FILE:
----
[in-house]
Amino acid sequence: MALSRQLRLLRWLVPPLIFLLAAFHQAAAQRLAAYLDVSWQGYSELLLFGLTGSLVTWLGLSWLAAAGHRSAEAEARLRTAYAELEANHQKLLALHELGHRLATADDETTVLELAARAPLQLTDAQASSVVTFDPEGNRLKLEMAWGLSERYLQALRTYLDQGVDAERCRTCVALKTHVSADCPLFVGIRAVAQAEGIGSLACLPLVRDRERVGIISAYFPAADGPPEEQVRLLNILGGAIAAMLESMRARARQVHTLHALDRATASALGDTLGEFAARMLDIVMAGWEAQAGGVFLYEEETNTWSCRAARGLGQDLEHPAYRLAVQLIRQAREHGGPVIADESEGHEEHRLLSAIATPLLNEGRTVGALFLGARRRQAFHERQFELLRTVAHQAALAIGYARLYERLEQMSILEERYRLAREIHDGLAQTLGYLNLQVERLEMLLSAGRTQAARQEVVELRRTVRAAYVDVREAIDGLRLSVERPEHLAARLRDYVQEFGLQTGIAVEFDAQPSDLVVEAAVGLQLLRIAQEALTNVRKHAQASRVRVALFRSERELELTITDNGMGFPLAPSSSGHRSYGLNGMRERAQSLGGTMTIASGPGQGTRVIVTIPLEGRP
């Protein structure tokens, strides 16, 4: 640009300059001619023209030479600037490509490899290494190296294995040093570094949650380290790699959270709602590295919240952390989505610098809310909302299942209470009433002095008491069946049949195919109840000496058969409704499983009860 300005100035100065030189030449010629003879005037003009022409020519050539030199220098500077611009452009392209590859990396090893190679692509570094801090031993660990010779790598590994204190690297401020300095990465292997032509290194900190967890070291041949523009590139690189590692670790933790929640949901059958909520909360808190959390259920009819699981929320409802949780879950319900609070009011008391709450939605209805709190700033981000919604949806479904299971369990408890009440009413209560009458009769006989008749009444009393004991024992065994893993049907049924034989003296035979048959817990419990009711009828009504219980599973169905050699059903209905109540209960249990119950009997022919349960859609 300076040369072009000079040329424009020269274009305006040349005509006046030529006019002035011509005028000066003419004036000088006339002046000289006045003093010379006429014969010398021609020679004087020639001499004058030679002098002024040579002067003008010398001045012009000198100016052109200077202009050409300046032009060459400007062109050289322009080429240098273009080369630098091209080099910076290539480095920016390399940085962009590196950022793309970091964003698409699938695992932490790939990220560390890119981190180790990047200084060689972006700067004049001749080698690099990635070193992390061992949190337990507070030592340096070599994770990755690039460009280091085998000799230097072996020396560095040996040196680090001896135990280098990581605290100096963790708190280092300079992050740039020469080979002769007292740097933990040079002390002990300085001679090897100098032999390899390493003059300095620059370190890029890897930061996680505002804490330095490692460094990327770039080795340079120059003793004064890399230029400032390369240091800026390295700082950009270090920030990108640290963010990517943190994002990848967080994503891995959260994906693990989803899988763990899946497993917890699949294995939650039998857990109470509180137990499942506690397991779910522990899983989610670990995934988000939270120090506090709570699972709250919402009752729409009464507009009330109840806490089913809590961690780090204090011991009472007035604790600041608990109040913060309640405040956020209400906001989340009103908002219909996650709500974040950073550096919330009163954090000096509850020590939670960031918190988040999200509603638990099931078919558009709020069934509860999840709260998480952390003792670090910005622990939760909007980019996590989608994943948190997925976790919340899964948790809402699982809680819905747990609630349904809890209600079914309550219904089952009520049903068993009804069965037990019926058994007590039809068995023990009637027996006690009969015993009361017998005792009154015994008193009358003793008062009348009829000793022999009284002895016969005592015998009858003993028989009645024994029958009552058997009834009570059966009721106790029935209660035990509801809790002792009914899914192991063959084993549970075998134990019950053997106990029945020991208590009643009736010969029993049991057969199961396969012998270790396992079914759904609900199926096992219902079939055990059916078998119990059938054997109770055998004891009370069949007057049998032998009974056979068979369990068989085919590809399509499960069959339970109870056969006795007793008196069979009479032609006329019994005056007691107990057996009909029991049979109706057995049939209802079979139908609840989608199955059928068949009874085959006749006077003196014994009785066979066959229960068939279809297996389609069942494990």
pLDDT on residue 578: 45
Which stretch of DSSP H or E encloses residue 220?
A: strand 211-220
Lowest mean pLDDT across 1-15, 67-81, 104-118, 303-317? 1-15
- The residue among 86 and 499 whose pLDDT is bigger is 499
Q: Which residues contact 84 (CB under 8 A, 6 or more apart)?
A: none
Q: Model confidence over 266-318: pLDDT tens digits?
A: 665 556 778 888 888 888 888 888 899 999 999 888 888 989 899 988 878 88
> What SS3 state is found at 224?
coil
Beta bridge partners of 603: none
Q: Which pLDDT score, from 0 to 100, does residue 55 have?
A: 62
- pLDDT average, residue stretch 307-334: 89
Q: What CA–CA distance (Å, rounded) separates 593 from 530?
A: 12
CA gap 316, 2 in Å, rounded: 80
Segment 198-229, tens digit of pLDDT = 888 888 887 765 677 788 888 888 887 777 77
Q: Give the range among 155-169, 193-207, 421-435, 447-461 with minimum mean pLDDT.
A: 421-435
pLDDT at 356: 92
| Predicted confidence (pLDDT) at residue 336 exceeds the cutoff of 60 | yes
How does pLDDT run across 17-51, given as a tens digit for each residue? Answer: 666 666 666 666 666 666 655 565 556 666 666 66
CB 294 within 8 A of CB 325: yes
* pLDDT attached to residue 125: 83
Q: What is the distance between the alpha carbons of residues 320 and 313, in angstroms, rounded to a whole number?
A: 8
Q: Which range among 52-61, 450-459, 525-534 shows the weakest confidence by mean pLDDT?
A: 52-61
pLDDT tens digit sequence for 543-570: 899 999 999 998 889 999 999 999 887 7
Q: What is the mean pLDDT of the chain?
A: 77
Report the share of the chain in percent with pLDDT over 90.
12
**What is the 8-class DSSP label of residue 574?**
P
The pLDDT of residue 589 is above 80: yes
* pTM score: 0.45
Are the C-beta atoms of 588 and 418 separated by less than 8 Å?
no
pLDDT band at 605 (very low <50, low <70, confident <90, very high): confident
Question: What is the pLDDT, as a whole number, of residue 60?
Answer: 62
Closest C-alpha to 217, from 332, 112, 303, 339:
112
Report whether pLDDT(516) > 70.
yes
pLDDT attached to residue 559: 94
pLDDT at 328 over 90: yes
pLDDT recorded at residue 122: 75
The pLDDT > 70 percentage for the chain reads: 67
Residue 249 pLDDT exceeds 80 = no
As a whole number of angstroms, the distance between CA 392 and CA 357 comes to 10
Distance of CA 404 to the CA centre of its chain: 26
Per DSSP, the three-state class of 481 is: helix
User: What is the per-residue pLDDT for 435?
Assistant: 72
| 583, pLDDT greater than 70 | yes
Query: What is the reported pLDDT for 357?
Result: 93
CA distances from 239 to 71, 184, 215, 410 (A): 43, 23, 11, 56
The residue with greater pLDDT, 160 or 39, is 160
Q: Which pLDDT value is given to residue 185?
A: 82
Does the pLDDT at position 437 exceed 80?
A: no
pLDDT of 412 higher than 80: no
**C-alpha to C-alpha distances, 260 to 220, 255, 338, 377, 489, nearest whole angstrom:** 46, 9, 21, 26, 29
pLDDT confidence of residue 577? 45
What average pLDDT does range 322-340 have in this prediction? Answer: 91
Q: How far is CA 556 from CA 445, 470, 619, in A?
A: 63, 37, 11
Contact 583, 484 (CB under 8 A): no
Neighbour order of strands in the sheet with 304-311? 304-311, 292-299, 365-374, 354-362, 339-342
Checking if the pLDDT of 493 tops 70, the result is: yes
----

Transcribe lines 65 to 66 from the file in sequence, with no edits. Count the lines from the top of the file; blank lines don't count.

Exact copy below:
CA distances from 239 to 71, 184, 215, 410 (A): 43, 23, 11, 56
The residue with greater pLDDT, 160 or 39, is 160